citizen science day

What is Citizen Science – and Why You Should Get Out and Do It!

Yay Yay for Citizen Science Day!

Coming up on April 14th is Citizen Science Day!  I just know you have had it marked down on your calendar for MONTHS and MONTHS!

Wait… you haven’t?  You’ve never even heard of it before??!  Well, we will fix that right up.

What is citizen science?

Let’s back up for a minute and ask the essential question – what is citizen science?  Well, science isn’t all just lab coats, microscopes, and test tubes.  It is asking questions, gathering data, and exploring the world around us!

Citizen science is just you, the everyday citizen, getting out and doing those same things – observing, gathering information, and helping to advance science!

Citizen science may just be you going out and doing what you always do like this amateur photographer who discovered a new aurora.  Or most are part of an organized group effort like taking surveys at Flu Near You to help track the flu in the US.

Yeah, that is a real thing!  Citizen science covers just about everything.

In the past, all scientists were citizen scientists.  You don’t need a degree to contribute and that is what is so great about these citizen science efforts!

Why YOU should do citizen science

Scientists aren’t the only ones benefiting from the data of citizen scientists.  It is a great opportunity for you too!

Get your kids interested in science.  Kids are way more interested in something if you can put it into a real world context.  Hands-on citizen science projects put you right into the thick of things and lets you dip your toes into the world of science in an engaging way.  It is more fun to help a solve real problem than to solve a fake one on your science homework.

We adopted a stream as part of the Oregon StreamWebs student citizen science stream monitoring project.  Kids love this lesson!  It is always a favorite.  Even kids who don’t like bugs have enjoyed it.  Will it inspire them to be a water quality scientist?  Maybe.  But what we really want it to do is show them that science is a whole lot of fun!

stream survey with dip nets
stream survey citizen science

Be part of something meaningful.  Scientists are actually using this data!  They aren’t just feel good projects.  You can be part of something that is driving research and policy.

Go outside.  You know we love for you to go outside!  You can take some time to look at the stars with Globe at Night to measure light pollution or snap pics of interesting plants (see our post all about Globe at Night).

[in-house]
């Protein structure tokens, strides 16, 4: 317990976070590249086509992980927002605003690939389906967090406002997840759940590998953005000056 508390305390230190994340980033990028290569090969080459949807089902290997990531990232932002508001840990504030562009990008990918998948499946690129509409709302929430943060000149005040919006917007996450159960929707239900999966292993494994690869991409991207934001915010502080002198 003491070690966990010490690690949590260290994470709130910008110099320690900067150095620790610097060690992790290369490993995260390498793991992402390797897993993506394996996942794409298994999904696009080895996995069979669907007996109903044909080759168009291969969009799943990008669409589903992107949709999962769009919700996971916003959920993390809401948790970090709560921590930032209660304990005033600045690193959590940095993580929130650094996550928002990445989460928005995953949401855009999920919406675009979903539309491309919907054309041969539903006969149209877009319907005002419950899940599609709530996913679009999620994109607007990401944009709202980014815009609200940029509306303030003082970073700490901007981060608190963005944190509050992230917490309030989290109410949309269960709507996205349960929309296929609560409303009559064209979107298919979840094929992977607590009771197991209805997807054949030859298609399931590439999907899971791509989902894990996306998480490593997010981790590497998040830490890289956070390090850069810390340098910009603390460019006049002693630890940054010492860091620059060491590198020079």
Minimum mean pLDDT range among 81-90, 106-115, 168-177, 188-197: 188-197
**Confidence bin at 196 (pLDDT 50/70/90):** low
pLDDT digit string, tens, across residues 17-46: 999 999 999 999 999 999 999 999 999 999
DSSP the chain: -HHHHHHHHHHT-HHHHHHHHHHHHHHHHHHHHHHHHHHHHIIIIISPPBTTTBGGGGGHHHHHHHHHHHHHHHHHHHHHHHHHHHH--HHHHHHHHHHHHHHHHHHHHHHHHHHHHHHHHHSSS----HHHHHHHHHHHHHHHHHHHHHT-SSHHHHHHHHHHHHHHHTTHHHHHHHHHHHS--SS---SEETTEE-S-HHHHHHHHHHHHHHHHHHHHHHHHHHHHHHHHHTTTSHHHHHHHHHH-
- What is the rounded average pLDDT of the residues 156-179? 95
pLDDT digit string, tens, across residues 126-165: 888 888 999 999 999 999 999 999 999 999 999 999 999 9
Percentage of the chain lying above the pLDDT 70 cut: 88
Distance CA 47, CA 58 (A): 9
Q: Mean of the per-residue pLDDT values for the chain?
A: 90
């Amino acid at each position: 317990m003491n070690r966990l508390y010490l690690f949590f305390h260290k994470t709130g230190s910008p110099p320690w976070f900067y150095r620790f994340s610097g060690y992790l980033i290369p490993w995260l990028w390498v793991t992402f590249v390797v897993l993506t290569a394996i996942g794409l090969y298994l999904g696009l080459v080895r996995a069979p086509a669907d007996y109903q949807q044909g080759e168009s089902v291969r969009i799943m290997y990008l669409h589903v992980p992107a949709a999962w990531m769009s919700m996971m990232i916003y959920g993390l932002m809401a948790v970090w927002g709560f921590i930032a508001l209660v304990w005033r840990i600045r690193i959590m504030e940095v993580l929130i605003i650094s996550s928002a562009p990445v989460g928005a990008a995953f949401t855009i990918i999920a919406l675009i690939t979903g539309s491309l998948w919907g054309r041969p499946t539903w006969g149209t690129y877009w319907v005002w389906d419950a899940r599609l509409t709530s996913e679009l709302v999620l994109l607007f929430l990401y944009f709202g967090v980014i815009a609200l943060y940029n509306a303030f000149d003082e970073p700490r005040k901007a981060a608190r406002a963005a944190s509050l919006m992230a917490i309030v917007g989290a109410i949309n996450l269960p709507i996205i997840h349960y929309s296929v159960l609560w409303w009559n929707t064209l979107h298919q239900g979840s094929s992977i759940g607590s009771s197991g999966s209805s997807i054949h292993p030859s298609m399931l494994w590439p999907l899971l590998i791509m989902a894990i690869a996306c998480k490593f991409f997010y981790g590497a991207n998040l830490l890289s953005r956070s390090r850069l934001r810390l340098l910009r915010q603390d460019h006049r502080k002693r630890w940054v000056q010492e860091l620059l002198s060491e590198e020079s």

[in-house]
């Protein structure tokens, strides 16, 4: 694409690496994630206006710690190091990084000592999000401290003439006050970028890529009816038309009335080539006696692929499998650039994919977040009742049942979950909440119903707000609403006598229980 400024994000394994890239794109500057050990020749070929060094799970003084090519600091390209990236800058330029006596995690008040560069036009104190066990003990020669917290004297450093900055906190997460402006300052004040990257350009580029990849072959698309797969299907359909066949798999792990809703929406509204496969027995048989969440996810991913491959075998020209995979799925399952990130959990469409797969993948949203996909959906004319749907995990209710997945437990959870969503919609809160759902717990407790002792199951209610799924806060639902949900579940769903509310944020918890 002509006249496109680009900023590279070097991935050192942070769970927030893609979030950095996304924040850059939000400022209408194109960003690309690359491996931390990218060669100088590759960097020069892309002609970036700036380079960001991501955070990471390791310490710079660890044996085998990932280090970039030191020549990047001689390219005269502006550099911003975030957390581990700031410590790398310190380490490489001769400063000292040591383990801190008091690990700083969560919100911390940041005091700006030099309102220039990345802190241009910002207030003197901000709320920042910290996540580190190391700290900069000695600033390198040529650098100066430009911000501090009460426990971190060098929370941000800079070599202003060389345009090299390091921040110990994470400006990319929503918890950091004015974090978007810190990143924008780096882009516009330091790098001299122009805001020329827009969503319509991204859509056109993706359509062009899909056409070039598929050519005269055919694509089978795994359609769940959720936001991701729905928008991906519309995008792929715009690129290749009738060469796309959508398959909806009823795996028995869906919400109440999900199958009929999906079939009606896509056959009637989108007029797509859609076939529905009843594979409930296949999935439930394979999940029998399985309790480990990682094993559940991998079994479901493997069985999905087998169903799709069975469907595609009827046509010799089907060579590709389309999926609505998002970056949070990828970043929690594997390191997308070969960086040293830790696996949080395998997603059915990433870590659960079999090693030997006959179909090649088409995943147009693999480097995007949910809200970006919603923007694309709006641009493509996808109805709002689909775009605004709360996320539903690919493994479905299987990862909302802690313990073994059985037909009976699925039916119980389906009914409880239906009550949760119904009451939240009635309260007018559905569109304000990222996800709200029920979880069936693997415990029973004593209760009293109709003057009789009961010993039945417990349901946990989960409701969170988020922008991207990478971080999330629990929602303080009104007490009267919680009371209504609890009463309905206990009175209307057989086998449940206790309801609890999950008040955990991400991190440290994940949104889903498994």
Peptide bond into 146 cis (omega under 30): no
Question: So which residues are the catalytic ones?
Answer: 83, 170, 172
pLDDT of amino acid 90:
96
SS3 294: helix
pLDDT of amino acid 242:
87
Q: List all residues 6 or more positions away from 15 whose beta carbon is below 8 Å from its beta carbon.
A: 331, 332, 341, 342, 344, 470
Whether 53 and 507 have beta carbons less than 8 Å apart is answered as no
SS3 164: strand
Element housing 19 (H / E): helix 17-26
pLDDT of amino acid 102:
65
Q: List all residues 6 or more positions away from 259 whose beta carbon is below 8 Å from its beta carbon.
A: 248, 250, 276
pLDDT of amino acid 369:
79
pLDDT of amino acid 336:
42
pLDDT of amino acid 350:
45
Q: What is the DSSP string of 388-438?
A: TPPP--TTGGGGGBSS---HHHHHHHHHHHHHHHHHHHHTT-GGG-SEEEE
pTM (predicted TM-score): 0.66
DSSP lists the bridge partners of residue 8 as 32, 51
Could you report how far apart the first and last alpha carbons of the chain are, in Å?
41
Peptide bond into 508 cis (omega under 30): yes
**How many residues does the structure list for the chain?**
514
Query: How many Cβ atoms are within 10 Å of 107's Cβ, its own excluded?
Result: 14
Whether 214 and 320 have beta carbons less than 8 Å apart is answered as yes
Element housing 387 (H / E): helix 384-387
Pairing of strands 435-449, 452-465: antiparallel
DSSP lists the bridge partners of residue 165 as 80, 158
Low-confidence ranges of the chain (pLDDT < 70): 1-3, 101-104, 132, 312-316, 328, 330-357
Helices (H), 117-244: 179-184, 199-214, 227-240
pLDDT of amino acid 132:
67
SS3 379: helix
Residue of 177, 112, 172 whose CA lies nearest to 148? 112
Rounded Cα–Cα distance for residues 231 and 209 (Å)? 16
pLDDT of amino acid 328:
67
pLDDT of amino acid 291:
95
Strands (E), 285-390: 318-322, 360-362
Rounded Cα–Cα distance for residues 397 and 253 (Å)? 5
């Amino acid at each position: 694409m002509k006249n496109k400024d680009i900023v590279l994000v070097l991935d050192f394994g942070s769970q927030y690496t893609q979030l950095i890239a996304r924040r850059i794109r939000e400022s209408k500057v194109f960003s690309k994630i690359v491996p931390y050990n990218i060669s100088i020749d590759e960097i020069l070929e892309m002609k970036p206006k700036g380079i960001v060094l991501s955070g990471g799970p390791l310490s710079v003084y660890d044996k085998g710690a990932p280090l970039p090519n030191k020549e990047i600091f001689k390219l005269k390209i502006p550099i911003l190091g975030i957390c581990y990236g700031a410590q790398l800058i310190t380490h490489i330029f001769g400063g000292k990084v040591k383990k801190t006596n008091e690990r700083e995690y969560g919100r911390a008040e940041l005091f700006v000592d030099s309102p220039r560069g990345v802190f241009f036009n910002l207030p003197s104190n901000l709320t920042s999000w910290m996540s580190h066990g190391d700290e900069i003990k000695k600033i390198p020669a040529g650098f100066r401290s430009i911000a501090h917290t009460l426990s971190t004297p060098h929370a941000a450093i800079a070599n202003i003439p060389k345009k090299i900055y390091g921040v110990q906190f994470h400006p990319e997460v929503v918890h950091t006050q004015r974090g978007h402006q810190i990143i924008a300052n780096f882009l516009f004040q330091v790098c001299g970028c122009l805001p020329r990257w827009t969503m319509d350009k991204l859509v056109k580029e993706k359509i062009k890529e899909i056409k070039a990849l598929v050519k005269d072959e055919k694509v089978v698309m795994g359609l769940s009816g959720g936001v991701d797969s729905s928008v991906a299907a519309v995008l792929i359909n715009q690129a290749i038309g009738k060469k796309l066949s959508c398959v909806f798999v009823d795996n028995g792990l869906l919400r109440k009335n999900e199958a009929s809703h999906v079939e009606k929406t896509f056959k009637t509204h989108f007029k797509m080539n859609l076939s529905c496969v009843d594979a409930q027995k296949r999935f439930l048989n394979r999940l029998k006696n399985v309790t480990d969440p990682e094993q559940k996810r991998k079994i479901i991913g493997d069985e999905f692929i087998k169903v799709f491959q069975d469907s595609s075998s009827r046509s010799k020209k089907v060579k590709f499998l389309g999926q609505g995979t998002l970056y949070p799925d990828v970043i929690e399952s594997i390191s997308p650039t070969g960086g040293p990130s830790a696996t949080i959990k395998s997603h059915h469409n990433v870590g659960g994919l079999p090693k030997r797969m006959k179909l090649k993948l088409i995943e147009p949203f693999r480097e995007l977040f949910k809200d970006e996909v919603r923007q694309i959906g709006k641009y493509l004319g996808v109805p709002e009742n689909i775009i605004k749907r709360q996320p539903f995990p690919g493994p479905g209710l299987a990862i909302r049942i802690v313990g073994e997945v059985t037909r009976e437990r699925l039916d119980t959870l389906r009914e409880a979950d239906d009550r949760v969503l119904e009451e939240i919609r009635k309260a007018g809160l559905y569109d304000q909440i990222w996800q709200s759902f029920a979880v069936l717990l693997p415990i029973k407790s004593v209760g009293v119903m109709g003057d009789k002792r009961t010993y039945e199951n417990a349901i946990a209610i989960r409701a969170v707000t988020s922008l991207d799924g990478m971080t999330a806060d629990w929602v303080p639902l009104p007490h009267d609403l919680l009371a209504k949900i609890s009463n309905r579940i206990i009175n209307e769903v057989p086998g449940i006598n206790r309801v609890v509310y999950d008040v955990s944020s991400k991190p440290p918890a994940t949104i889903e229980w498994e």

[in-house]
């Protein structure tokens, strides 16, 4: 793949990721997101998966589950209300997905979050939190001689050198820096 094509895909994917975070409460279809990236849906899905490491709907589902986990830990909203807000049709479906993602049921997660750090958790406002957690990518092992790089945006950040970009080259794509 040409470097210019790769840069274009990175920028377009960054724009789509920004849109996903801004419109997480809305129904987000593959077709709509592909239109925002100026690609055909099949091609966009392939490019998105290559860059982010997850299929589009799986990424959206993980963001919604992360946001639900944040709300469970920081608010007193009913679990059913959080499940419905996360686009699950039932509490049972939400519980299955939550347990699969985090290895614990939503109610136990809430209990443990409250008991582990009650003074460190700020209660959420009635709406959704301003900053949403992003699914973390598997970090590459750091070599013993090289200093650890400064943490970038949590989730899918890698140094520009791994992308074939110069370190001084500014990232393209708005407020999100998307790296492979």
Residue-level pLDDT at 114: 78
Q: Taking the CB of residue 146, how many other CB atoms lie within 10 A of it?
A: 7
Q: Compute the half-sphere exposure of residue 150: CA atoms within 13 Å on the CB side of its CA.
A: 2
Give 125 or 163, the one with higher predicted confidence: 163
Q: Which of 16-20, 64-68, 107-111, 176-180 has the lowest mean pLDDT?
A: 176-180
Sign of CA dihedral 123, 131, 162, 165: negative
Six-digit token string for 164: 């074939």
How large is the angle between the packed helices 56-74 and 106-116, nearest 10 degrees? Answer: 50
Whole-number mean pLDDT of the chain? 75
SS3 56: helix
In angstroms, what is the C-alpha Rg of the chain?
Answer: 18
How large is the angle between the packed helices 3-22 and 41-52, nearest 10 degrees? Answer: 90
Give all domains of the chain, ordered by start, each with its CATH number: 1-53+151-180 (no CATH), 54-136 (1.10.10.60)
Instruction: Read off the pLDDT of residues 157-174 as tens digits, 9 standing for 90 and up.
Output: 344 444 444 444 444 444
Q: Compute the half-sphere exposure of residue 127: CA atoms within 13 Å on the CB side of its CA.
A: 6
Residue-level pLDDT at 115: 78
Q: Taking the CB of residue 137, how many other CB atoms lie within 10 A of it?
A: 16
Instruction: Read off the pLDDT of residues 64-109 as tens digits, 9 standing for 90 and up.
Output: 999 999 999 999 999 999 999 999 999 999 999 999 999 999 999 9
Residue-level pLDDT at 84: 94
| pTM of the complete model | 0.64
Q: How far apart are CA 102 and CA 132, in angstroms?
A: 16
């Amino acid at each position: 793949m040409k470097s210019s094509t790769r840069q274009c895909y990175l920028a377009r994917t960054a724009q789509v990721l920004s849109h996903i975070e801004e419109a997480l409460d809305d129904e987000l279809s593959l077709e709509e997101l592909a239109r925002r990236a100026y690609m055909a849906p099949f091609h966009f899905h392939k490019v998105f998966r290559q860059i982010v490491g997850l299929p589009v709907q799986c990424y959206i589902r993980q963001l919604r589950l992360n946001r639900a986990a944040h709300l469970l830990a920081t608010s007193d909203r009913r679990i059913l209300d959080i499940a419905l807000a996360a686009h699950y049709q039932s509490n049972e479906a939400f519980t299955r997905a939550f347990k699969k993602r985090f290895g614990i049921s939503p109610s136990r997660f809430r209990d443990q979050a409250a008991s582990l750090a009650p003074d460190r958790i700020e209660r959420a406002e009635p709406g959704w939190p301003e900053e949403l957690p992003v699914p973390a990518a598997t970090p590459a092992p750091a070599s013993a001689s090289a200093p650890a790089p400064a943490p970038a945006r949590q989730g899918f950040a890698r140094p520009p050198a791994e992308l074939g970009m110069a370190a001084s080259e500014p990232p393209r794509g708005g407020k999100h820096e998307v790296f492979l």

Or add plants, bugs, or other nature you see to iNaturalist biodiversity data (and see our post all about iNaturalist here. We love this one! 💖)

Learn something new.  There are SO MANY citizen science projects to choose from that you could learn a little something new each day.  Pick a subject you are interested to learn a little more about it or try something completely different.

I snapped a quick picture of this caterpillar for iNaturalist while we were stopped during a family road trip.  All the kids loved watching it climb the wall but we didn’t know what it turned into.  Someone identified it for us as a Mourning Cloak butterfly.  What an amazing new thing we know now!

mourning cloak

Join in with Citizen Science

Now that you are stoked to join in on some citizen science, its time to find a project!

There will be lots of events for Citizen Science Day this month so you could try a project going on in your local area.  Look for them here.  But we invite you to join a project any time.  Citizen Science Day is great but you can make any day a citizen science day.

SciStarter and Zooniverse both have searchable lists of citizen science projects.  SciStarter also lets you filter results for different ages so you can find a project that is family friendly.

We’ll also be adding reviews of our favorite citizen science projects here on our website!  So check out these out!

Globe at Night – looking at the stars to measure light pollution

iNaturalist – snapping pics of the living things you see to measure biodiversity

We would love to see what citizen science you are up to so tag us on social media @steamthinkers and let us know.

Stay curious!

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